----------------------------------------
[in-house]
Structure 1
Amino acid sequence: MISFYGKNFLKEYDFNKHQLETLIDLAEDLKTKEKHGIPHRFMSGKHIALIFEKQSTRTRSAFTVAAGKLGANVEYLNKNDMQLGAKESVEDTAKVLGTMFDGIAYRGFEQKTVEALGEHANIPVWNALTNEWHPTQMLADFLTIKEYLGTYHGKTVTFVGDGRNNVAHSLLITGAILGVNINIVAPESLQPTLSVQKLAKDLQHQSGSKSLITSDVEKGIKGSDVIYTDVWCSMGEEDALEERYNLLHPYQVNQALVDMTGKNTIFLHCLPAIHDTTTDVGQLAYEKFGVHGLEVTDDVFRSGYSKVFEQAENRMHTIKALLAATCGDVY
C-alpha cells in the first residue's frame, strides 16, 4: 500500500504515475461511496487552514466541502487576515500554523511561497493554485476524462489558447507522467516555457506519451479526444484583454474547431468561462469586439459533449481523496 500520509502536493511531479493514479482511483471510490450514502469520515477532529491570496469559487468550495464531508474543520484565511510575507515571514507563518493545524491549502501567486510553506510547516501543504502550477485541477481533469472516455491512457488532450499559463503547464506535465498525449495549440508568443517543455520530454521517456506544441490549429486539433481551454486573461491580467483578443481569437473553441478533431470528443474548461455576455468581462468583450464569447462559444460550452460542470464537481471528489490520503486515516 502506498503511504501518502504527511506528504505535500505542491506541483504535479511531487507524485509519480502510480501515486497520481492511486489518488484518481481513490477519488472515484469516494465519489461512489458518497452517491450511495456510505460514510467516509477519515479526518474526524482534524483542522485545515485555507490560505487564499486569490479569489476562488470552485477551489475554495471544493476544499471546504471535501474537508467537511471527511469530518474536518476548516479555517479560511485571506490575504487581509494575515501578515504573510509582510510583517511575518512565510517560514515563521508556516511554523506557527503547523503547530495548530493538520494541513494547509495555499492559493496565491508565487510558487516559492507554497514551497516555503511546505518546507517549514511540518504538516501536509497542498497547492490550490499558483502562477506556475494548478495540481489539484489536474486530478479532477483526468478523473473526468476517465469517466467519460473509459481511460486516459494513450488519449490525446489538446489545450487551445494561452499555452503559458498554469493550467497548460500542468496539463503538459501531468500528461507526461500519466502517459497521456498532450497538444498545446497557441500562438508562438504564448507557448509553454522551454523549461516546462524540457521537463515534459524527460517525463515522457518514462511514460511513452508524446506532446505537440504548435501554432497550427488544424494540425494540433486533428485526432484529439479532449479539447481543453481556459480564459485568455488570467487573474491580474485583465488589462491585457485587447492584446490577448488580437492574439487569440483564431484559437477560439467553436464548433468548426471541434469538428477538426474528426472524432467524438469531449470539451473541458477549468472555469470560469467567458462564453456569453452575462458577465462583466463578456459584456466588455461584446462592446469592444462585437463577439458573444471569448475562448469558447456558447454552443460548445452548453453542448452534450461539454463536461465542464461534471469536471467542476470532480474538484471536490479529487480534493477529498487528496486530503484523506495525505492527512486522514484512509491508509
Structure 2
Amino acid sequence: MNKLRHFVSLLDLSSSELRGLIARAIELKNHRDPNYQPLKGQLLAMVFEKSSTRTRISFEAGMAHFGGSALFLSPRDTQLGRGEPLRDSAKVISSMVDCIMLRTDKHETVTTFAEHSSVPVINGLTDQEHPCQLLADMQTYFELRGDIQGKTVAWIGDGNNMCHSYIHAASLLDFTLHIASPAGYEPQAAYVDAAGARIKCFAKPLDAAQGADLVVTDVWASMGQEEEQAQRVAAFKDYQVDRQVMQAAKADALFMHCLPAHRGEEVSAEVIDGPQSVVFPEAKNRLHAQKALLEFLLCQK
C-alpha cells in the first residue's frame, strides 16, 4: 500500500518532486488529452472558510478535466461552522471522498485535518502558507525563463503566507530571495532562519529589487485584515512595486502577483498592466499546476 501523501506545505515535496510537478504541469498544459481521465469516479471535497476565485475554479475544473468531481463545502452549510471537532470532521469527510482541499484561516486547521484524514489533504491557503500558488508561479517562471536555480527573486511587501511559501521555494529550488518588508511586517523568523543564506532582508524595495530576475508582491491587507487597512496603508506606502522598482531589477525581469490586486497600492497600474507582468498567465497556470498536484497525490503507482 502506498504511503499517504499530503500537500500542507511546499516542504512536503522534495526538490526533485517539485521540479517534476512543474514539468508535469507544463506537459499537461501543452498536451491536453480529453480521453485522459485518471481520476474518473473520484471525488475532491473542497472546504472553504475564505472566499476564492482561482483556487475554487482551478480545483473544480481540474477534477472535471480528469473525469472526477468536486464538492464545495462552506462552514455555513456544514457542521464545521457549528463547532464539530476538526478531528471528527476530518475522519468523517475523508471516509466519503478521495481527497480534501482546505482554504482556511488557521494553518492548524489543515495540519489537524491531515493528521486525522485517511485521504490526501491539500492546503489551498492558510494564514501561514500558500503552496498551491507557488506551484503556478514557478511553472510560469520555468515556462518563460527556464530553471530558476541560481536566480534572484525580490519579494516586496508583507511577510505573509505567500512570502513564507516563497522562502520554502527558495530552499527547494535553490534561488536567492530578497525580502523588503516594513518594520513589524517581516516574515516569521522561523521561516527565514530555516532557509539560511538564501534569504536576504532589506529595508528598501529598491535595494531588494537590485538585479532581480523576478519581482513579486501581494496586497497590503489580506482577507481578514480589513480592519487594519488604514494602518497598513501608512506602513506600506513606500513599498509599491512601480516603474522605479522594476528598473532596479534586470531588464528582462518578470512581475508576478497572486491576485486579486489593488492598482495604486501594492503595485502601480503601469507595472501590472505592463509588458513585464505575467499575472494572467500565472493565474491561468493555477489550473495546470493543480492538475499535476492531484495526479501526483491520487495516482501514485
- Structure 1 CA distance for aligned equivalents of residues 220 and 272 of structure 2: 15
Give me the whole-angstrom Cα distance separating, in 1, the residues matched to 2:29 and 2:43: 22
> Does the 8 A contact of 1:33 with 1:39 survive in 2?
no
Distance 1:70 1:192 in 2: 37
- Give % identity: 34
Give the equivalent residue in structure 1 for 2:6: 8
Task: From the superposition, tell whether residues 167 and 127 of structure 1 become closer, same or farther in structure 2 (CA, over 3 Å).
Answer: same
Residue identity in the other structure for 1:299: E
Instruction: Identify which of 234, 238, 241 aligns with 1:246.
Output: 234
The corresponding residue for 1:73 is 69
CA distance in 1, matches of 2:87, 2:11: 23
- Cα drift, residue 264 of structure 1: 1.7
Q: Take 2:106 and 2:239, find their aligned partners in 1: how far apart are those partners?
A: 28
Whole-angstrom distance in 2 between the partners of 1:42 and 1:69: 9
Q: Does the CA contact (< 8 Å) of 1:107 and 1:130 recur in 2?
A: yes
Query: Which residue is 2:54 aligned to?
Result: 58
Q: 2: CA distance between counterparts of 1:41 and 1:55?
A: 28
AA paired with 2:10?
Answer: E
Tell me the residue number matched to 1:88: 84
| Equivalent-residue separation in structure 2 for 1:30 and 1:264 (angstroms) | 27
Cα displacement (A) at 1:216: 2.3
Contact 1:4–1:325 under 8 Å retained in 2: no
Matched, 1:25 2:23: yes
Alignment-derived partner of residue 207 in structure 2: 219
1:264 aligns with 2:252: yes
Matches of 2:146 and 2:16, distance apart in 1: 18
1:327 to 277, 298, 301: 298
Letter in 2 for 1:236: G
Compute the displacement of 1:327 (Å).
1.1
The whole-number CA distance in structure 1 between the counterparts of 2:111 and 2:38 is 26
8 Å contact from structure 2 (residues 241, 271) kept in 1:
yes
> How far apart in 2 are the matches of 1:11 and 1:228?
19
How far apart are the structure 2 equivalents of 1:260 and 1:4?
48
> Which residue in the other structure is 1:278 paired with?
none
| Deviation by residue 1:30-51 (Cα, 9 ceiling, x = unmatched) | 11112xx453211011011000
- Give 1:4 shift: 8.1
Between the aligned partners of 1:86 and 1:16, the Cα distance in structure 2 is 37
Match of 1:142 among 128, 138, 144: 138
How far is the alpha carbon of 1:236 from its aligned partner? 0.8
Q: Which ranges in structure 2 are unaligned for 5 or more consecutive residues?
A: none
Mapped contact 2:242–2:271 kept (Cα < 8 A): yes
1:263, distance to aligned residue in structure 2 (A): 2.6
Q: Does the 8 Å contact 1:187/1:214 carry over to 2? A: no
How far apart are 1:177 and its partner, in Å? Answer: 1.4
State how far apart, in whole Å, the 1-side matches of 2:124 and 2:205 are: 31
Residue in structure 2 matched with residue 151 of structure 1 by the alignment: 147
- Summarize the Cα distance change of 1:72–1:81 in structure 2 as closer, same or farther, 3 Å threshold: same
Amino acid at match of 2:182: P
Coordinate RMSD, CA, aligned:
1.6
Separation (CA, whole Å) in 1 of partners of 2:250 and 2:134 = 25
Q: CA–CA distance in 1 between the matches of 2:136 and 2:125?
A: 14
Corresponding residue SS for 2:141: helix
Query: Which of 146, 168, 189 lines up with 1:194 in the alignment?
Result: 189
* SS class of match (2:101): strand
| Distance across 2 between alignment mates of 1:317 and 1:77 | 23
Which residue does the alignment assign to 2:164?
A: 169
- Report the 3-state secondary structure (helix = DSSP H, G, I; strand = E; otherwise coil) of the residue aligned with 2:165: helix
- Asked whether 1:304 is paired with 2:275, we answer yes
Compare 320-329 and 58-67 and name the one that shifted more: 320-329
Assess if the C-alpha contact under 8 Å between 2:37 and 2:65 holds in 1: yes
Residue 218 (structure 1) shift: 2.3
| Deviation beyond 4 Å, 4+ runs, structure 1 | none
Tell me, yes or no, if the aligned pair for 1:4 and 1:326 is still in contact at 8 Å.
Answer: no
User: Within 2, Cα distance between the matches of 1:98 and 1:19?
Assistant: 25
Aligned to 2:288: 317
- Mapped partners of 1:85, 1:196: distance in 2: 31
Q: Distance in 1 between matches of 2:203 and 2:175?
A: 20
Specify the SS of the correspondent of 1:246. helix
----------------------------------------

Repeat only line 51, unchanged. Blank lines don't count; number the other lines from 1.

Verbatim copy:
How far apart are the structure 2 equivalents of 1:260 and 1:4?